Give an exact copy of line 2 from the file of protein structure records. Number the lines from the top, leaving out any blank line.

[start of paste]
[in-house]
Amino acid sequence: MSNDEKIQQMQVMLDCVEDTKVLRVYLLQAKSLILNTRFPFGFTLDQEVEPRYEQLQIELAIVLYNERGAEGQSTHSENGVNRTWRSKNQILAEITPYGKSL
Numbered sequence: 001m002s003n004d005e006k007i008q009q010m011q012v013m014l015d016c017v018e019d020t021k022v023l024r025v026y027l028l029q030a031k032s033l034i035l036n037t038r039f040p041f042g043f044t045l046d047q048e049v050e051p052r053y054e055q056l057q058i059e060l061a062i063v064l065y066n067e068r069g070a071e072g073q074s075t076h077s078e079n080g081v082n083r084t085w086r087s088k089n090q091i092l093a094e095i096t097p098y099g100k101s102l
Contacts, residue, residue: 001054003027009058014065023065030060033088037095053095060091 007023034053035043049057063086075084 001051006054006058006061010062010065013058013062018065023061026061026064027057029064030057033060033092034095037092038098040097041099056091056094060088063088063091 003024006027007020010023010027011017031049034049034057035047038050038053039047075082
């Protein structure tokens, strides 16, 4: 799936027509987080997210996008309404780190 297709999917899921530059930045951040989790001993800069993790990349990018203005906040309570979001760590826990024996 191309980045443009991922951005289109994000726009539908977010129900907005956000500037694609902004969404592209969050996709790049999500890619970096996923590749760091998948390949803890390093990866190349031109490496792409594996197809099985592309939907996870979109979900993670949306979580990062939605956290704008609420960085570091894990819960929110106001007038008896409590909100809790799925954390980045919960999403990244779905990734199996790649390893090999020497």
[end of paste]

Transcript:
Amino acid sequence: MSNDEKIQQMQVMLDCVEDTKVLRVYLLQAKSLILNTRFPFGFTLDQEVEPRYEQLQIELAIVLYNERGAEGQSTHSENGVNRTWRSKNQILAEITPYGKSL